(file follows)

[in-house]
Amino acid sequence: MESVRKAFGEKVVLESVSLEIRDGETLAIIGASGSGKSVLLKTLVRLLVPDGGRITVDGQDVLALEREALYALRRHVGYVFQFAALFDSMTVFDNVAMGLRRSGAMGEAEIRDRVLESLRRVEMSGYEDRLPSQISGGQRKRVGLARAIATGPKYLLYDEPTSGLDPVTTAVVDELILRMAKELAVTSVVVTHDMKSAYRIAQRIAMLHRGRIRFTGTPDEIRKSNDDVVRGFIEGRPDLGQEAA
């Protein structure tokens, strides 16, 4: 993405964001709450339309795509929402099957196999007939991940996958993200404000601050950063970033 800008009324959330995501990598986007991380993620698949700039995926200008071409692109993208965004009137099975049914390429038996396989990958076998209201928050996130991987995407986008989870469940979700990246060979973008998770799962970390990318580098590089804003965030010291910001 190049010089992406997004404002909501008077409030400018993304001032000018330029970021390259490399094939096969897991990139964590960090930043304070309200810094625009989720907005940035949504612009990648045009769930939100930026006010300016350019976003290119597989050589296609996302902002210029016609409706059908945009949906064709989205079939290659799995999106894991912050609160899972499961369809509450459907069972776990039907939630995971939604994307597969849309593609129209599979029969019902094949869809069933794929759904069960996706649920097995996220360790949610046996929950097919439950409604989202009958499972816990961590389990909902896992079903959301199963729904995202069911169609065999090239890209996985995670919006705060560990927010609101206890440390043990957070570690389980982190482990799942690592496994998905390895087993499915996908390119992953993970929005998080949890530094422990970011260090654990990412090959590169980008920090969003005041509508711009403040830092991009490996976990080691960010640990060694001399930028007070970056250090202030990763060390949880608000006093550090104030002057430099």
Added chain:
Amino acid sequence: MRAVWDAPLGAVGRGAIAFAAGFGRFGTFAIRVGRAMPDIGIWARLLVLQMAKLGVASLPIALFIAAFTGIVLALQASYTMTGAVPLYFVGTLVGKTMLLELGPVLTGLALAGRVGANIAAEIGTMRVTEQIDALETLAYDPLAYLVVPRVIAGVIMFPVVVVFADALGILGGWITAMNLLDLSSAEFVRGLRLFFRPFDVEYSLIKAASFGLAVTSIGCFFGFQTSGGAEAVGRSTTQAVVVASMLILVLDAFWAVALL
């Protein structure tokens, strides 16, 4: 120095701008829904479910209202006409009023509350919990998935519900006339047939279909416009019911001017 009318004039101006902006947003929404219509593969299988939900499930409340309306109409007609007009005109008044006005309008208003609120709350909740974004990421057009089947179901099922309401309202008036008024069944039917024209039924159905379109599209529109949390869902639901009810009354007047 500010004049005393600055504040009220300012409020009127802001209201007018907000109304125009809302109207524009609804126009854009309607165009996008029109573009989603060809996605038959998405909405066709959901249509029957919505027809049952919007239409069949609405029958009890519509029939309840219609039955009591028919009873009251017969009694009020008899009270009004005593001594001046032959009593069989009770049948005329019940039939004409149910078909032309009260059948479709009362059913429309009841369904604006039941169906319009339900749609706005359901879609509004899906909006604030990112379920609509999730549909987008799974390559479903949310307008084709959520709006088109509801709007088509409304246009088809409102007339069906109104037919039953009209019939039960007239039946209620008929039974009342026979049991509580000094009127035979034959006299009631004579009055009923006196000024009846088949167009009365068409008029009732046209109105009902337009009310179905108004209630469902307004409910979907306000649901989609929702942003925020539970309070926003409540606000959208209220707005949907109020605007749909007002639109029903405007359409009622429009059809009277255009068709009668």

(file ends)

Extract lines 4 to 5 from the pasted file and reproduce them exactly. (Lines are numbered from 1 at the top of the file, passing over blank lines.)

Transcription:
Added chain:
Amino acid sequence: MRAVWDAPLGAVGRGAIAFAAGFGRFGTFAIRVGRAMPDIGIWARLLVLQMAKLGVASLPIALFIAAFTGIVLALQASYTMTGAVPLYFVGTLVGKTMLLELGPVLTGLALAGRVGANIAAEIGTMRVTEQIDALETLAYDPLAYLVVPRVIAGVIMFPVVVVFADALGILGGWITAMNLLDLSSAEFVRGLRLFFRPFDVEYSLIKAASFGLAVTSIGCFFGFQTSGGAEAVGRSTTQAVVVASMLILVLDAFWAVALL